Eunmi Ko and her cohorts founded CAMP last August and quickly went into full-throttle mode.
New Music. It’s a thing. That’s why I put it in caps.
But what is it, exactly? For starters, there’s no exactly about it. New Music is a catch-all term that applies to cutting-edge sounds of recent vintage by living composers. It’s nearly always instrumental, is rarely pretty and is often, loosely speaking, avant-garde in nature. Feels and textures are boundless—from soothing solo flute to clamorous percussion ensembles, and pretty much whatever else you can imagine.
New Music is also a lousy term that doesn’t mean squat to the average person. “To me, it’s an insider’s word,” says Eunmi Ko, a pianist, composer and music professor at the University of South Florida who’s spearheading the first annual CAMPGround22 Music Festival. “People who are in our business understand and use ‘New Music.’ But it’s doubtful that very many other people do.”
Ko has a better term. Contemporary Art Music. “It’s more explanatory and less confusing,” she asserts. That’s why she coined her organization the Contemporary Arts Music Project, and came up with a pretty catchy acronym along the way: CAMP. Composers Benjamin D. Whiting and Alex Shanafelt, who Ko met and collaborated with at USF, make up the rest of the fledgling organization.
Ko and her cohorts founded CAMP last August and quickly went into full-throttle mode. CAMPGround22 is, in a word, ambitious. The three-day event, held on consecutive evenings at different Bay area venues, showcases the work of 24 composers and more than 20 musicians, and incorporates the artistry of the Tampa City Ballet and the Central Florida Choreographers Collaboration.
Each of the roughly 90-minute performances will be different, and loosely themed. Thursday, March 24 at the Morean Center for Clay focuses on, Ko tells Creative Loafing Tampa Bay, “percussion and electronic music.” The following night at St. Andrews Episcopal Church homes in on “piano and piano with ensembles.” One piece, “Children’s Game” by Vera Ivanova, will feature the dance of the Central Florida Choreographers Collaboration. Saturday's edition at the Florida Museum of Photographic Arts will be “mostly solos and duets,” and feature the Tampa City Ballet accompanying Stephen Yip’s “White Dew,” for flute and bass flute.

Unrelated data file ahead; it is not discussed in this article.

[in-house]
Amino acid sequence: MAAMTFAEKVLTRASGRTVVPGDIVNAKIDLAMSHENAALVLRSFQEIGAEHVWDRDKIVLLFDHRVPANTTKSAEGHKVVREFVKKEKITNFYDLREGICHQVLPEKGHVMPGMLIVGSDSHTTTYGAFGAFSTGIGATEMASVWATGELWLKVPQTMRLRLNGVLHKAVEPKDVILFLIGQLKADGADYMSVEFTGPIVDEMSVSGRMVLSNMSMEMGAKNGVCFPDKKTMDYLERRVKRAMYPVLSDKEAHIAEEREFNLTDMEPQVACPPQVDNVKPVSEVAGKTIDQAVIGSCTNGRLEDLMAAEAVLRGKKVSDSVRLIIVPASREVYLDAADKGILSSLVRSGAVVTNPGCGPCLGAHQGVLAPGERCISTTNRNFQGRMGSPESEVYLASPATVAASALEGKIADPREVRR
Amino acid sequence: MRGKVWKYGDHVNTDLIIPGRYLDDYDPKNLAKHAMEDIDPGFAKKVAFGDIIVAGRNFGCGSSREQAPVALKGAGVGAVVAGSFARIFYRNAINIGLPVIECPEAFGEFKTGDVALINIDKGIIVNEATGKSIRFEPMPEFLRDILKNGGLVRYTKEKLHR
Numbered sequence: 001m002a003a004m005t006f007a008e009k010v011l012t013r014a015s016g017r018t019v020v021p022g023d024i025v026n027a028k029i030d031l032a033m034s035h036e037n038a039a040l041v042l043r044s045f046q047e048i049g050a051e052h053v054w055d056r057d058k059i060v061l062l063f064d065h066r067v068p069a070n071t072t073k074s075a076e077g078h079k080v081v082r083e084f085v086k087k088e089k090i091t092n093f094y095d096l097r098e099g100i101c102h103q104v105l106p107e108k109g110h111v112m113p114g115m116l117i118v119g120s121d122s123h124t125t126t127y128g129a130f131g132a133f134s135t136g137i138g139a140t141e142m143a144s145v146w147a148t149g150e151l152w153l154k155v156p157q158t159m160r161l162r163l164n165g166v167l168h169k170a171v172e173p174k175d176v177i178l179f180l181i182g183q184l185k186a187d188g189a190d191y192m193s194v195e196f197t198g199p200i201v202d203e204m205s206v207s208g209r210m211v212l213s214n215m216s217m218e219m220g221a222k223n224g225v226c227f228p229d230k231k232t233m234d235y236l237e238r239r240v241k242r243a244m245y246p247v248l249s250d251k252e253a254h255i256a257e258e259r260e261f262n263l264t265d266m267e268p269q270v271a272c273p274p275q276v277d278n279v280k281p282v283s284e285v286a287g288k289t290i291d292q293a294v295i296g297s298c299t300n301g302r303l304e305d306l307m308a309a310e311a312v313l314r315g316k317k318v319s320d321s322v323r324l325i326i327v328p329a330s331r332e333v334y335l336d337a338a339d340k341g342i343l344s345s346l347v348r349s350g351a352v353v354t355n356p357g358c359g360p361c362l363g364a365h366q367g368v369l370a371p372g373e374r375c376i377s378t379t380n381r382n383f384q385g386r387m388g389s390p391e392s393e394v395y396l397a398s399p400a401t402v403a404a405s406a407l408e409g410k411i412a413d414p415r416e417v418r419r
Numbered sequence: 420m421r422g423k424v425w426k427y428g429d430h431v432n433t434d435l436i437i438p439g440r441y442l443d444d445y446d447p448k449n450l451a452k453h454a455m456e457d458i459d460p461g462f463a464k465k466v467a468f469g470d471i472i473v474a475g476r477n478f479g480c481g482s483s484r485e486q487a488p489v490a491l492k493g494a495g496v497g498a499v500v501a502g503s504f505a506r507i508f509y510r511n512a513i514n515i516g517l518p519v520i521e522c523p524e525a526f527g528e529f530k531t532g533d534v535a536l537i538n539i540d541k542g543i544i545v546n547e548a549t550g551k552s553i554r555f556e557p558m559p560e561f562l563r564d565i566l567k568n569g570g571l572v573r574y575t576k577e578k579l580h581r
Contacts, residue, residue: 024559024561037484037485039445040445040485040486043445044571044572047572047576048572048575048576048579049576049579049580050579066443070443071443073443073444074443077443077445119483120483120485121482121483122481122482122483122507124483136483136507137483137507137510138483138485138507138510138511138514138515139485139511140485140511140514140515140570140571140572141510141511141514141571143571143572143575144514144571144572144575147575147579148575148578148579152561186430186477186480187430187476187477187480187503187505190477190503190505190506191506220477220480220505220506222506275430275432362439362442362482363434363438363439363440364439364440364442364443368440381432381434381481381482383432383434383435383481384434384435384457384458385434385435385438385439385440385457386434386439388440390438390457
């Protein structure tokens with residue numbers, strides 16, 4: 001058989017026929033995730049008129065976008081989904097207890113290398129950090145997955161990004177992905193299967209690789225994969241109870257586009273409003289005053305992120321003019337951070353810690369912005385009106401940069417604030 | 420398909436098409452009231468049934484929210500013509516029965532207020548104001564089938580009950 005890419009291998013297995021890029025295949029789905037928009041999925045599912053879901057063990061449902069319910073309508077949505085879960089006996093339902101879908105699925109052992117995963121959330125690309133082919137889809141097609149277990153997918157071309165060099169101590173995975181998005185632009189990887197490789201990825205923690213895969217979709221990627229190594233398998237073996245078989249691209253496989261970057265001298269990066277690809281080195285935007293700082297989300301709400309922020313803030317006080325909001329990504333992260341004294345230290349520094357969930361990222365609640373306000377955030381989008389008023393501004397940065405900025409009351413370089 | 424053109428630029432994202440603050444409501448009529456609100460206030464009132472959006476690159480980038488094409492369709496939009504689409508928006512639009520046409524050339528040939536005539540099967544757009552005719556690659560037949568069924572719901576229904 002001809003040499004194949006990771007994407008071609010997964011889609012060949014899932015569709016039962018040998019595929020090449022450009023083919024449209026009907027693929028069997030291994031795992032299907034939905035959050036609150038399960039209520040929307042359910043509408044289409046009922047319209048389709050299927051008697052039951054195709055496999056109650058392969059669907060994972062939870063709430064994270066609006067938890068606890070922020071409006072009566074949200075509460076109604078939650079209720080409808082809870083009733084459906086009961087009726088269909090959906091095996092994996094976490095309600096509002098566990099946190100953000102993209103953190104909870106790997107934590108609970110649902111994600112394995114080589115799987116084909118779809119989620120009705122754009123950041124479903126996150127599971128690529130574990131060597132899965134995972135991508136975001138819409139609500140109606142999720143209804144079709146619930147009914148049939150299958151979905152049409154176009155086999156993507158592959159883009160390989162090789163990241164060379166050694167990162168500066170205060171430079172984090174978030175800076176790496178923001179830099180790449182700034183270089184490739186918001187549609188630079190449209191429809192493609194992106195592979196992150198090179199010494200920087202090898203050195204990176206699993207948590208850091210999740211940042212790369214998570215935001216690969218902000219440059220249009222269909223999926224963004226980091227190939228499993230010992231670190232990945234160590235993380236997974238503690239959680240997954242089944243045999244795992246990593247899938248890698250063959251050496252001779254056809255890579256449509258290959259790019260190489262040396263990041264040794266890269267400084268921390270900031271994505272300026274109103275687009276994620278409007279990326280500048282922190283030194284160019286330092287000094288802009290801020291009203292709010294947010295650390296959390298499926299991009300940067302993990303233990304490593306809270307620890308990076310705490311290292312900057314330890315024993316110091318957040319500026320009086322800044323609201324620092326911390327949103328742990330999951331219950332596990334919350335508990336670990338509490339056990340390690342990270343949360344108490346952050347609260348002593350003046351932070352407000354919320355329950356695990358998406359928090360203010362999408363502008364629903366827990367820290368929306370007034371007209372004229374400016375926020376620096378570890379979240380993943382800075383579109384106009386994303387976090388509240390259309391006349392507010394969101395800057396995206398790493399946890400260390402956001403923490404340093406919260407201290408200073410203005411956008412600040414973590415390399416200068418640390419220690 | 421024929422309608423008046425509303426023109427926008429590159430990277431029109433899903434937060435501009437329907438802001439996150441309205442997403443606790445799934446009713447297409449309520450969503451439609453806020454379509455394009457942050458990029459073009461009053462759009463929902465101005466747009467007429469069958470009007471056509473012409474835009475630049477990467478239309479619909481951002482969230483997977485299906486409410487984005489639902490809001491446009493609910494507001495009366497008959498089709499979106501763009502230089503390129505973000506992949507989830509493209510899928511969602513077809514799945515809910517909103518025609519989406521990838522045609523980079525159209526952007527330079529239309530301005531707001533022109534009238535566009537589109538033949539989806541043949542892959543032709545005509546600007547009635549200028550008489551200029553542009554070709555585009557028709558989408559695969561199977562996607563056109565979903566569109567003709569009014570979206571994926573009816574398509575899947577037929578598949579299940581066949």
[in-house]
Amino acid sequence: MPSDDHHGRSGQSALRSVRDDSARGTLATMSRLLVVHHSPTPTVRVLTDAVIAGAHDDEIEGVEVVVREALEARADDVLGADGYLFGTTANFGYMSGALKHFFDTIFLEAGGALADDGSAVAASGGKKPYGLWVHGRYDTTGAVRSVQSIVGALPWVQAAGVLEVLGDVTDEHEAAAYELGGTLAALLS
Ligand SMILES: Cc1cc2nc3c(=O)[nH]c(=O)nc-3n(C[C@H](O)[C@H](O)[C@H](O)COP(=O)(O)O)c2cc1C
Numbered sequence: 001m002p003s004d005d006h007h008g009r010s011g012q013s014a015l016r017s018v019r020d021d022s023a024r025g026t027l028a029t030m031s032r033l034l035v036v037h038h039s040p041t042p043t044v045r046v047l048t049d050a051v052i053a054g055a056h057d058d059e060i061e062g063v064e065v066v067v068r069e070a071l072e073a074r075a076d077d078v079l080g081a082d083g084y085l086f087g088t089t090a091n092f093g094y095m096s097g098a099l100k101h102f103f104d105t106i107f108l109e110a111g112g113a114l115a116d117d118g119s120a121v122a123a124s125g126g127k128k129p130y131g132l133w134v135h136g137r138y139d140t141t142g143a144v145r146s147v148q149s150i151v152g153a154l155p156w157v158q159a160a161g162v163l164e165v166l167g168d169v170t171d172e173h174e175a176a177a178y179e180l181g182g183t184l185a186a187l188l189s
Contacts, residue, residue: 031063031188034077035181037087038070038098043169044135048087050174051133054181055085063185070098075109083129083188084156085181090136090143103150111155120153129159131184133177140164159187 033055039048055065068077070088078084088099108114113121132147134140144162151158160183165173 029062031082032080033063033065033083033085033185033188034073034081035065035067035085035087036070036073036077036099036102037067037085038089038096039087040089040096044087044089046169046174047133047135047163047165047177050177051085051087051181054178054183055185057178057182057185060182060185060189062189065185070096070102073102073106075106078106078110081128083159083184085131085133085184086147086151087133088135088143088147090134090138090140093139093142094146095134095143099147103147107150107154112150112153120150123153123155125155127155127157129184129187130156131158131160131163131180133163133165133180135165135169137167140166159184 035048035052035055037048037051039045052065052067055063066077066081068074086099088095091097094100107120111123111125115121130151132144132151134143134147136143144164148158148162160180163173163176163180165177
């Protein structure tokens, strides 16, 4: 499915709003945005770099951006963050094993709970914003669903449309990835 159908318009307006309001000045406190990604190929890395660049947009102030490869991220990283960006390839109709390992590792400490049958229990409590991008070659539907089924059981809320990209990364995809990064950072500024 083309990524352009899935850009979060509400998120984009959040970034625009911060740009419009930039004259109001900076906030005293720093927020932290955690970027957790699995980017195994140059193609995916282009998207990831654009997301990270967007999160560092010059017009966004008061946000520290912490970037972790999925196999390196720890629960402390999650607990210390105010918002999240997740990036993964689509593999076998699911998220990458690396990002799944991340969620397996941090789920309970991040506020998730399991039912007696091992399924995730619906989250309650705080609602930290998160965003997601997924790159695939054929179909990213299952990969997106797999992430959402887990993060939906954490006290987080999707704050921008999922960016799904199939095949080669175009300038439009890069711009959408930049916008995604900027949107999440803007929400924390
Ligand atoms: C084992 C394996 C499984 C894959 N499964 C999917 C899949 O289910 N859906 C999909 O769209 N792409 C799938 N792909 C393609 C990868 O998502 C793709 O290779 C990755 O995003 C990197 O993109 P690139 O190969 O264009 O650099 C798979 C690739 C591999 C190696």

To produce the fest, CAMP cobbled together about $12,000 through crowd-funding, $10 application fees from composers, and donations. Ko says she also reached into her own pocket. The principals put out a call for submissions and received 200 previously composed works. They spent months listening, and after five rounds of judging selected two dozen pieces written by artists from all around the U.S., Canada, Spain, Hong Kong and elsewhere. The CAMP triumvirate chose its Top 3 pieces, which I’ve interspersed throughout this story. Check ‘em out—they’ll provide a primer for the festival and Contemporary Art Music overall.
Ko, a native of South Korea, began studying classical piano from an early age. After completing her undergraduate studies at Seoul National University, she emigrated to the U.S. and earned a masters and doctoral music degrees at the the prestigious Eastman School of Music at the University of Rochester. In a familiar narrative, she grew weary of the winters in upstate New York and sought out more temperate climes. Ko joined the USF faculty in 2014 as an associate professor of piano, and earned tenure in 2020.
Ko can’t pinpoint a time when she jumped into the New Music fray, but at Eastman she became increasingly interested in living composers. She still performs the classical repertoire, but it's the sense of discovery in Contemporary Art Music that truly stokes her ardor. “One of the aspects I love is finding new sounds within instruments,” she says. “It’s not being bound by strictures. As I play more of this kind of stuff, I find more ways to play the piano—inside the piano and new techniques that extend the possibilities of the instrument.”
Ko does not have a composition in CAMPGround22 (Whiting does), but will perform. She’ll also be extremely busy with organization and logistics.
Ko insists that festival attendees are not signing up for a 90-minute session of dissonance and cacophony. No need to be intimidated. “Some of the composers write music that is actually very pretty,” she says. “People who come and listen may be surprised that some of the music is absolutely quite beautiful.”
That said, folks looking to stretch their ears needn’t worry. You’ll be treated to plenty of challenging and, yes, new-sounding music.
Eric Snider is the dean of Bay area music critics. He started in the early 1980s as one of the founding members of Music magazine, a free bi-monthly. He was the pop music critic for the then-St. Petersburg Times from ‘87-’93. Snider was the music critic, arts editor and senior editor of Weekly Planet/Creative...